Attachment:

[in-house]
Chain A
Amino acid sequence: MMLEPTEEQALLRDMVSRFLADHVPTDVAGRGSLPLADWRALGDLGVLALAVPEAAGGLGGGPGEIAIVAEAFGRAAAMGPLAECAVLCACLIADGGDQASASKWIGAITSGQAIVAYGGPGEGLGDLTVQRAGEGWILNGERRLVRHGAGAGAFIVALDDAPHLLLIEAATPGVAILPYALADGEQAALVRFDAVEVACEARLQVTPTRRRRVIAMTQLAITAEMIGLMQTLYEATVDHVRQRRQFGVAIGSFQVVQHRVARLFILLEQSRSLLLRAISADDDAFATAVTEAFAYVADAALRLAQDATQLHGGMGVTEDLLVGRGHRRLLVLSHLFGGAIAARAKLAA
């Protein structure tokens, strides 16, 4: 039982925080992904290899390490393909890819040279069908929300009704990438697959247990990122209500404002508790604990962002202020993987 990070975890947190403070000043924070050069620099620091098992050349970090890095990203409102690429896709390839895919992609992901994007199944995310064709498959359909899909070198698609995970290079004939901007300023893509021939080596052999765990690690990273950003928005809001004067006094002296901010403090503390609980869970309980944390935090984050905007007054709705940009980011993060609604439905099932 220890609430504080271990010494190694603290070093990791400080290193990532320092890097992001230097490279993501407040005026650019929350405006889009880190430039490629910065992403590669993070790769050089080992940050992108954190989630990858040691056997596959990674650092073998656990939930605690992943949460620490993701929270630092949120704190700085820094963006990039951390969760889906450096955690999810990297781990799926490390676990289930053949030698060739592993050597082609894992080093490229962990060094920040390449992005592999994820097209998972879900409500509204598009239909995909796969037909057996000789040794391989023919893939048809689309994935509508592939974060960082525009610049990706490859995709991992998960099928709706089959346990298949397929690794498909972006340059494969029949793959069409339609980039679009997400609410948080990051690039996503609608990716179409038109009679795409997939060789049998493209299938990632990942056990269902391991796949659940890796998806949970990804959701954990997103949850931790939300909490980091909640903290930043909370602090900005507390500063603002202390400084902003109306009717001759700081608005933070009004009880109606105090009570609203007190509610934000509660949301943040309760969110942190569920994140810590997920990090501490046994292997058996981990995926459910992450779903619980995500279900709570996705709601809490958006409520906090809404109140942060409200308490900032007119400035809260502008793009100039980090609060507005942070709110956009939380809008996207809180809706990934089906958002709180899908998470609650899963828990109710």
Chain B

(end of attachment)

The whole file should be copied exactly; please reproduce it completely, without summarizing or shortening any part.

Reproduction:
[in-house]
Chain A
Amino acid sequence: MMLEPTEEQALLRDMVSRFLADHVPTDVAGRGSLPLADWRALGDLGVLALAVPEAAGGLGGGPGEIAIVAEAFGRAAAMGPLAECAVLCACLIADGGDQASASKWIGAITSGQAIVAYGGPGEGLGDLTVQRAGEGWILNGERRLVRHGAGAGAFIVALDDAPHLLLIEAATPGVAILPYALADGEQAALVRFDAVEVACEARLQVTPTRRRRVIAMTQLAITAEMIGLMQTLYEATVDHVRQRRQFGVAIGSFQVVQHRVARLFILLEQSRSLLLRAISADDDAFATAVTEAFAYVADAALRLAQDATQLHGGMGVTEDLLVGRGHRRLLVLSHLFGGAIAARAKLAA
């Protein structure tokens, strides 16, 4: 039982925080992904290899390490393909890819040279069908929300009704990438697959247990990122209500404002508790604990962002202020993987 990070975890947190403070000043924070050069620099620091098992050349970090890095990203409102690429896709390839895919992609992901994007199944995310064709498959359909899909070198698609995970290079004939901007300023893509021939080596052999765990690690990273950003928005809001004067006094002296901010403090503390609980869970309980944390935090984050905007007054709705940009980011993060609604439905099932 220890609430504080271990010494190694603290070093990791400080290193990532320092890097992001230097490279993501407040005026650019929350405006889009880190430039490629910065992403590669993070790769050089080992940050992108954190989630990858040691056997596959990674650092073998656990939930605690992943949460620490993701929270630092949120704190700085820094963006990039951390969760889906450096955690999810990297781990799926490390676990289930053949030698060739592993050597082609894992080093490229962990060094920040390449992005592999994820097209998972879900409500509204598009239909995909796969037909057996000789040794391989023919893939048809689309994935509508592939974060960082525009610049990706490859995709991992998960099928709706089959346990298949397929690794498909972006340059494969029949793959069409339609980039679009997400609410948080990051690039996503609608990716179409038109009679795409997939060789049998493209299938990632990942056990269902391991796949659940890796998806949970990804959701954990997103949850931790939300909490980091909640903290930043909370602090900005507390500063603002202390400084902003109306009717001759700081608005933070009004009880109606105090009570609203007190509610934000509660949301943040309760969110942190569920994140810590997920990090501490046994292997058996981990995926459910992450779903619980995500279900709570996705709601809490958006409520906090809404109140942060409200308490900032007119400035809260502008793009100039980090609060507005942070709110956009939380809008996207809180809706990934089906958002709180899908998470609650899963828990109710």
Chain B